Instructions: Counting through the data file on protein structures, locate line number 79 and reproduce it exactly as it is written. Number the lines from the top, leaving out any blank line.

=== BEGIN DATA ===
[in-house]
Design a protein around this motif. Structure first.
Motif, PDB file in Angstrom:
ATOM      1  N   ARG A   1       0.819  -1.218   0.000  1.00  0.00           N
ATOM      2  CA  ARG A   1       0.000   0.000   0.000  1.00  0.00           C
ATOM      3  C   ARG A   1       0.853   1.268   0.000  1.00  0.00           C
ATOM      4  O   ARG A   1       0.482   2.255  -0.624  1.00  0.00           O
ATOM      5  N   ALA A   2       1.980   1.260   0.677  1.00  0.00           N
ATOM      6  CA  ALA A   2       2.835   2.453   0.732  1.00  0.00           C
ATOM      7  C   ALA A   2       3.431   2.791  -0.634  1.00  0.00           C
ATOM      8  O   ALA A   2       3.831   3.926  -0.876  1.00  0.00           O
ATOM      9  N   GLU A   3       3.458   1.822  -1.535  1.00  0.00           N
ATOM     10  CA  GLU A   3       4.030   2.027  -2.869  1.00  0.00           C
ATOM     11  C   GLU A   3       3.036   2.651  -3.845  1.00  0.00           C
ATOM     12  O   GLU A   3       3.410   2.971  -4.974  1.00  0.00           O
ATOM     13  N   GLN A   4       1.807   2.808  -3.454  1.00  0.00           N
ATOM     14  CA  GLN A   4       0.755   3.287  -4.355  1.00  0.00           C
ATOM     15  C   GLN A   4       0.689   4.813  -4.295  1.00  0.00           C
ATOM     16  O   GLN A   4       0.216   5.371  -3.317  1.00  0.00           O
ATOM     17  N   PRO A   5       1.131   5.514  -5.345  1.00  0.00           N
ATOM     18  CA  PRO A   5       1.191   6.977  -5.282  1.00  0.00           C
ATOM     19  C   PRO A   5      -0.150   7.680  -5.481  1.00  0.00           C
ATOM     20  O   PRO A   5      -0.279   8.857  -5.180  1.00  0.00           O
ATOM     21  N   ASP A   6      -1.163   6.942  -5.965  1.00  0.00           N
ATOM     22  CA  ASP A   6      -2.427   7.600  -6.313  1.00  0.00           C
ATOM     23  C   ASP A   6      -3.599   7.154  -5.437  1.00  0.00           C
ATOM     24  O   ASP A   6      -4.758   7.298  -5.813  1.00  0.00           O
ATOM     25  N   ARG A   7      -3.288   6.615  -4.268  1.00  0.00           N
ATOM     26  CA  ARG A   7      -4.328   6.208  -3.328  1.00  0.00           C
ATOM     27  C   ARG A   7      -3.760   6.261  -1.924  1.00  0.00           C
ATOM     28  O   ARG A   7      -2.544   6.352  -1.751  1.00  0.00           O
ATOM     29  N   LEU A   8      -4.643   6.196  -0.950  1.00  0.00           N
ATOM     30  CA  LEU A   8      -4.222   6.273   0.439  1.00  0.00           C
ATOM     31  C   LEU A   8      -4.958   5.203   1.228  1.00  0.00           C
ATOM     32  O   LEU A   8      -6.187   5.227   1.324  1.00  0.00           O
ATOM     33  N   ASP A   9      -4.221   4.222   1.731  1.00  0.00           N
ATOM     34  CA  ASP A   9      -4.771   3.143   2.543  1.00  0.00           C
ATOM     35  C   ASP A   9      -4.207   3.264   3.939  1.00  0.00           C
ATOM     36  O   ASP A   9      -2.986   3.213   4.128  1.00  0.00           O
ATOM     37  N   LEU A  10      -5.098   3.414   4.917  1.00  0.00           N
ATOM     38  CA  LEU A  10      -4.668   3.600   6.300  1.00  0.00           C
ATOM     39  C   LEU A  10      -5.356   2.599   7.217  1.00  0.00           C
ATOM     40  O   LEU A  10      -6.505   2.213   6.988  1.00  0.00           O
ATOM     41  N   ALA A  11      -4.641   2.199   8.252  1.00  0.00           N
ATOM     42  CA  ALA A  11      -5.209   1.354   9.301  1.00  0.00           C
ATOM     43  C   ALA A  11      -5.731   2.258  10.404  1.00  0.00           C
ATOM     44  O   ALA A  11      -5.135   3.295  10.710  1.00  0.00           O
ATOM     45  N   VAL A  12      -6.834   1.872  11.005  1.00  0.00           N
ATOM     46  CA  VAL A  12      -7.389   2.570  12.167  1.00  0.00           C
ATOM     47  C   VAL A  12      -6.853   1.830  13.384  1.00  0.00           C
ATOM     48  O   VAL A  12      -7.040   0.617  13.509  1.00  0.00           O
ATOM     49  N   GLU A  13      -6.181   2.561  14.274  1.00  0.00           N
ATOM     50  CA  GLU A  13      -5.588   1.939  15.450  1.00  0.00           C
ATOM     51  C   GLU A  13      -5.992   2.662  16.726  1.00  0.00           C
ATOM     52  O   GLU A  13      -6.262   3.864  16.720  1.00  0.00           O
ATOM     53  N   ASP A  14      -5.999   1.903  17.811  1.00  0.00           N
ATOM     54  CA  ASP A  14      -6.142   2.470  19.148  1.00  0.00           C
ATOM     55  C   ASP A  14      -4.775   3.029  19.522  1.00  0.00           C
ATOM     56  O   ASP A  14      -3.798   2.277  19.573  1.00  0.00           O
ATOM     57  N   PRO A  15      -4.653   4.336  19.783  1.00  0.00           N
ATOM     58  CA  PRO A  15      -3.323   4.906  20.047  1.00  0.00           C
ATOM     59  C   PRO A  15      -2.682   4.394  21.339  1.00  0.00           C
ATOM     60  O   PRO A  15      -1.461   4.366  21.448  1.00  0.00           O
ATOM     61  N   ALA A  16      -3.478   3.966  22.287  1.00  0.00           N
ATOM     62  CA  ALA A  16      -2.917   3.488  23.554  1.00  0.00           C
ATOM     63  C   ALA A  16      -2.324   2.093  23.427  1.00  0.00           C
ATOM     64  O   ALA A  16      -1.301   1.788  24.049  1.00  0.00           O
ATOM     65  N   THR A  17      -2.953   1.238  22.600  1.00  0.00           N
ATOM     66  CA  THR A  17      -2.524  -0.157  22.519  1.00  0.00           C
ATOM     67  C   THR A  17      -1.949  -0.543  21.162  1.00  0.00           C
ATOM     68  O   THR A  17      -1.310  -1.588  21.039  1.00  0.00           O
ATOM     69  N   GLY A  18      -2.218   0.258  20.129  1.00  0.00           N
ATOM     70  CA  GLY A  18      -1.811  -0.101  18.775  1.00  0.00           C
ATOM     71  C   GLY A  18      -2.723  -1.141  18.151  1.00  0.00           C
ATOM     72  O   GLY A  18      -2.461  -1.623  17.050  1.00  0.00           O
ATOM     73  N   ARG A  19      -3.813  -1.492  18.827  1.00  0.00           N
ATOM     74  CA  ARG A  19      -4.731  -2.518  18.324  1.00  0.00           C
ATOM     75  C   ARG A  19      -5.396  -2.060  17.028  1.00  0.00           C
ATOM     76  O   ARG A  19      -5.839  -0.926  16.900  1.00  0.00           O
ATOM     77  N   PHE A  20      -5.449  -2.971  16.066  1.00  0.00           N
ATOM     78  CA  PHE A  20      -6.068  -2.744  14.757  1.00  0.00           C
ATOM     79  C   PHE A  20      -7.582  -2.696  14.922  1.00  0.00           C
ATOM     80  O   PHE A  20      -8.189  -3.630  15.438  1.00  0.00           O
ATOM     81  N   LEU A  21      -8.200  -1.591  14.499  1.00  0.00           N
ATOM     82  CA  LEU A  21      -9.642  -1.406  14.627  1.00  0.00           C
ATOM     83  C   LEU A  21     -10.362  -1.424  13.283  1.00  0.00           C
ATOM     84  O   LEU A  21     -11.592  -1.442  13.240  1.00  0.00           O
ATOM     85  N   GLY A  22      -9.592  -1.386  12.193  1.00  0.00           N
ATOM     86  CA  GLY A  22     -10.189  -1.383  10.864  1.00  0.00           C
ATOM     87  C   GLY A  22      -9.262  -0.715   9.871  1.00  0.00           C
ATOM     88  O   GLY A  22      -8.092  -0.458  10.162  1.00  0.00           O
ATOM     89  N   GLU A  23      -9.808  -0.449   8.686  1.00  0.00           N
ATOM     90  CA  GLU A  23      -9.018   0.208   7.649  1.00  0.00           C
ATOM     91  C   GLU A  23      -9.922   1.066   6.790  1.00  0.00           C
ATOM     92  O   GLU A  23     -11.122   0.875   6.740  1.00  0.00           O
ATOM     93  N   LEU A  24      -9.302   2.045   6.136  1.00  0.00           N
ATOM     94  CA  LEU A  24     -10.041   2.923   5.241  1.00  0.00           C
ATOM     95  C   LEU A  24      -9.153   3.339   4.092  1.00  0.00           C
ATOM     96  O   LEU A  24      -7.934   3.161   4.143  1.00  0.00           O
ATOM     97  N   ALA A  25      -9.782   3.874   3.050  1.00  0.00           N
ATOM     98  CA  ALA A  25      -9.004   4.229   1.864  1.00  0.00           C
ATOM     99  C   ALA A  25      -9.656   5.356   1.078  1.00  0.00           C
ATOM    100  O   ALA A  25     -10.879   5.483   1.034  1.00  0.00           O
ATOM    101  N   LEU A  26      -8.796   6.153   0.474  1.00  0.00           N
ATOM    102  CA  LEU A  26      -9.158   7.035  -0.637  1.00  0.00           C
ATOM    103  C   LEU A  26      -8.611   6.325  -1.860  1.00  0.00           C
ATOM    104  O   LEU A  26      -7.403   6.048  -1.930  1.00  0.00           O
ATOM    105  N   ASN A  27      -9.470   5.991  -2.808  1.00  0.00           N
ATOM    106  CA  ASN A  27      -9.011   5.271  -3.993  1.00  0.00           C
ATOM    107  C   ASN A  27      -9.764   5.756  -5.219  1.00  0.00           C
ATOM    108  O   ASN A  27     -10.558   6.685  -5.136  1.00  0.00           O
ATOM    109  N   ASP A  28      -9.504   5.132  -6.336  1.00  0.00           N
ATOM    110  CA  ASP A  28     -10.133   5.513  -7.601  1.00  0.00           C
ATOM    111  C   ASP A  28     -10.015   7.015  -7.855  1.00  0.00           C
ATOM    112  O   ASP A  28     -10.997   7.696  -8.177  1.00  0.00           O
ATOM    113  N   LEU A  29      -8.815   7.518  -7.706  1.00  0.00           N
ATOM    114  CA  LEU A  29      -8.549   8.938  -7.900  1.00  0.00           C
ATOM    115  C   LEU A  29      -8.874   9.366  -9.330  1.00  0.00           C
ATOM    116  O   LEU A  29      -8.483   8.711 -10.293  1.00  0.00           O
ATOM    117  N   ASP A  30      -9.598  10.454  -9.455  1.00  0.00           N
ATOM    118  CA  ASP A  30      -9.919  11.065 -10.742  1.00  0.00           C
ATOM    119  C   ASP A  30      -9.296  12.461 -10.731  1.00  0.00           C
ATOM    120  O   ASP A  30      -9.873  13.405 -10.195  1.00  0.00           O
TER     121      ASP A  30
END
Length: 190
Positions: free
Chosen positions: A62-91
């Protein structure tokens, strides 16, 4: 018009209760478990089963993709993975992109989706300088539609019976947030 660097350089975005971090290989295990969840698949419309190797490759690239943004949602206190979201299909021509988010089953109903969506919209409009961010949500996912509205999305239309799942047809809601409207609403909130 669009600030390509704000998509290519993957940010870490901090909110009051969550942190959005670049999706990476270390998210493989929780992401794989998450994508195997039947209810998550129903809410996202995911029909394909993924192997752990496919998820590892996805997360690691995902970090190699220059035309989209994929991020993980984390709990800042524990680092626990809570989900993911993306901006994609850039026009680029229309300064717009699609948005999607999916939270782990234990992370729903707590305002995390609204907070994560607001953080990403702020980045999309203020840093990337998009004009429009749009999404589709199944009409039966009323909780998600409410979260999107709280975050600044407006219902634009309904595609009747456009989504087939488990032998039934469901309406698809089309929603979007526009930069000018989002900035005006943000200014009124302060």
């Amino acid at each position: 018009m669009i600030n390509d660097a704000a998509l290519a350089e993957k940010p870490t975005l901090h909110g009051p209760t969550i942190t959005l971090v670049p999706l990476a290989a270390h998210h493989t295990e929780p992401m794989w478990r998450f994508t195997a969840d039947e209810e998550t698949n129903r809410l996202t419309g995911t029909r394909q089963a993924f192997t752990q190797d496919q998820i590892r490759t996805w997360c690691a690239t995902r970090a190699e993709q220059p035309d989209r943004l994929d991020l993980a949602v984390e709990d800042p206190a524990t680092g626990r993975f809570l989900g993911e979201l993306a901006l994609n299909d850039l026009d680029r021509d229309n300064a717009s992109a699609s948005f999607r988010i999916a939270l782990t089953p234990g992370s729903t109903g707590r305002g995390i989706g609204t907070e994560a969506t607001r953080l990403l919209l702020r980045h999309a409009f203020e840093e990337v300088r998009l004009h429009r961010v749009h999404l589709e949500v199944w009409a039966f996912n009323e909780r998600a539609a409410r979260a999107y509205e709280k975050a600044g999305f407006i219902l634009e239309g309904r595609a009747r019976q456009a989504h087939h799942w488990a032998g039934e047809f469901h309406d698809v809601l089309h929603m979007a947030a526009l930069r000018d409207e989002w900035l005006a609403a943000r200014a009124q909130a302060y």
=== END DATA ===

ATOM     76  O   ARG A  19      -5.839  -0.926  16.900  1.00  0.00           O